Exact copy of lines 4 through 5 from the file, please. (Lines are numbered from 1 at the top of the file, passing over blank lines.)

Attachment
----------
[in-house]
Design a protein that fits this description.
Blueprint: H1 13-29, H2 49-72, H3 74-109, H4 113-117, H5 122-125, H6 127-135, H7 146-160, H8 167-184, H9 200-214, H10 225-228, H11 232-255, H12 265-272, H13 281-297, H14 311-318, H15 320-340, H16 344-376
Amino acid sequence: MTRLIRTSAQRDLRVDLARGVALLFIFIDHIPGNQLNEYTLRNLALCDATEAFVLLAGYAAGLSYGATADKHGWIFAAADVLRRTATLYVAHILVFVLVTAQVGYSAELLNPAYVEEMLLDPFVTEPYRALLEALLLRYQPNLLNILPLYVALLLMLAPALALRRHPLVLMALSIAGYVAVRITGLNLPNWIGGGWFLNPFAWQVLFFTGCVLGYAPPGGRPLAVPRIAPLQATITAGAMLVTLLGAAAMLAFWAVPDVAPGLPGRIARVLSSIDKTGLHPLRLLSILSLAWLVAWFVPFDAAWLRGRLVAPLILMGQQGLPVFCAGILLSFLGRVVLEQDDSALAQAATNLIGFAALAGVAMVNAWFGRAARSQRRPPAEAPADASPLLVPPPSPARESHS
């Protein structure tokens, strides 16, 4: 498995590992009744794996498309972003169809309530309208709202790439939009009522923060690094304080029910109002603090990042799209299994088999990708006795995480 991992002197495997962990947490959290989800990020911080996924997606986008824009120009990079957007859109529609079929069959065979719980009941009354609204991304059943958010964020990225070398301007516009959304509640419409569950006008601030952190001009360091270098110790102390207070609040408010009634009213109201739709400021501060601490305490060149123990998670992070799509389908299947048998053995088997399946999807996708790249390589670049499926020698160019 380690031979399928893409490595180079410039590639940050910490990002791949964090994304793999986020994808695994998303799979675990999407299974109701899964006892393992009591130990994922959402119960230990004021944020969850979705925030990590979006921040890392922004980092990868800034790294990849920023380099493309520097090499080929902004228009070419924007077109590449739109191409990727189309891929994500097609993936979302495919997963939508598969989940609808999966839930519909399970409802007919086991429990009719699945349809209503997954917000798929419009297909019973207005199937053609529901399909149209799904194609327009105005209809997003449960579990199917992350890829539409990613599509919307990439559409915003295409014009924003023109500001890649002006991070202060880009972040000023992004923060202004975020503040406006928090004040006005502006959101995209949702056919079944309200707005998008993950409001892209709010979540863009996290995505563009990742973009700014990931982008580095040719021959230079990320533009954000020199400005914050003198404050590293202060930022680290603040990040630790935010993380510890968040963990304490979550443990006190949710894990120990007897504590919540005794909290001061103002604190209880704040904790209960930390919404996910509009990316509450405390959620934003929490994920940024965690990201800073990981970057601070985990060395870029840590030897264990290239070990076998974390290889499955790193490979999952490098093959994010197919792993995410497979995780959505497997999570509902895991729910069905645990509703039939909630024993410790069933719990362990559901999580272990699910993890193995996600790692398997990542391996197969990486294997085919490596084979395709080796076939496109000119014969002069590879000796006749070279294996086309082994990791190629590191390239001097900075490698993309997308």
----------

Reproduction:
Amino acid sequence: MTRLIRTSAQRDLRVDLARGVALLFIFIDHIPGNQLNEYTLRNLALCDATEAFVLLAGYAAGLSYGATADKHGWIFAAADVLRRTATLYVAHILVFVLVTAQVGYSAELLNPAYVEEMLLDPFVTEPYRALLEALLLRYQPNLLNILPLYVALLLMLAPALALRRHPLVLMALSIAGYVAVRITGLNLPNWIGGGWFLNPFAWQVLFFTGCVLGYAPPGGRPLAVPRIAPLQATITAGAMLVTLLGAAAMLAFWAVPDVAPGLPGRIARVLSSIDKTGLHPLRLLSILSLAWLVAWFVPFDAAWLRGRLVAPLILMGQQGLPVFCAGILLSFLGRVVLEQDDSALAQAATNLIGFAALAGVAMVNAWFGRAARSQRRPPAEAPADASPLLVPPPSPARESHS
């Protein structure tokens, strides 16, 4: 498995590992009744794996498309972003169809309530309208709202790439939009009522923060690094304080029910109002603090990042799209299994088999990708006795995480 991992002197495997962990947490959290989800990020911080996924997606986008824009120009990079957007859109529609079929069959065979719980009941009354609204991304059943958010964020990225070398301007516009959304509640419409569950006008601030952190001009360091270098110790102390207070609040408010009634009213109201739709400021501060601490305490060149123990998670992070799509389908299947048998053995088997399946999807996708790249390589670049499926020698160019 380690031979399928893409490595180079410039590639940050910490990002791949964090994304793999986020994808695994998303799979675990999407299974109701899964006892393992009591130990994922959402119960230990004021944020969850979705925030990590979006921040890392922004980092990868800034790294990849920023380099493309520097090499080929902004228009070419924007077109590449739109191409990727189309891929994500097609993936979302495919997963939508598969989940609808999966839930519909399970409802007919086991429990009719699945349809209503997954917000798929419009297909019973207005199937053609529901399909149209799904194609327009105005209809997003449960579990199917992350890829539409990613599509919307990439559409915003295409014009924003023109500001890649002006991070202060880009972040000023992004923060202004975020503040406006928090004040006005502006959101995209949702056919079944309200707005998008993950409001892209709010979540863009996290995505563009990742973009700014990931982008580095040719021959230079990320533009954000020199400005914050003198404050590293202060930022680290603040990040630790935010993380510890968040963990304490979550443990006190949710894990120990007897504590919540005794909290001061103002604190209880704040904790209960930390919404996910509009990316509450405390959620934003929490994920940024965690990201800073990981970057601070985990060395870029840590030897264990290239070990076998974390290889499955790193490979999952490098093959994010197919792993995410497979995780959505497997999570509902895991729910069905645990509703039939909630024993410790069933719990362990559901999580272990699910993890193995996600790692398997990542391996197969990486294997085919490596084979395709080796076939496109000119014969002069590879000796006749070279294996086309082994990791190629590191390239001097900075490698993309997308």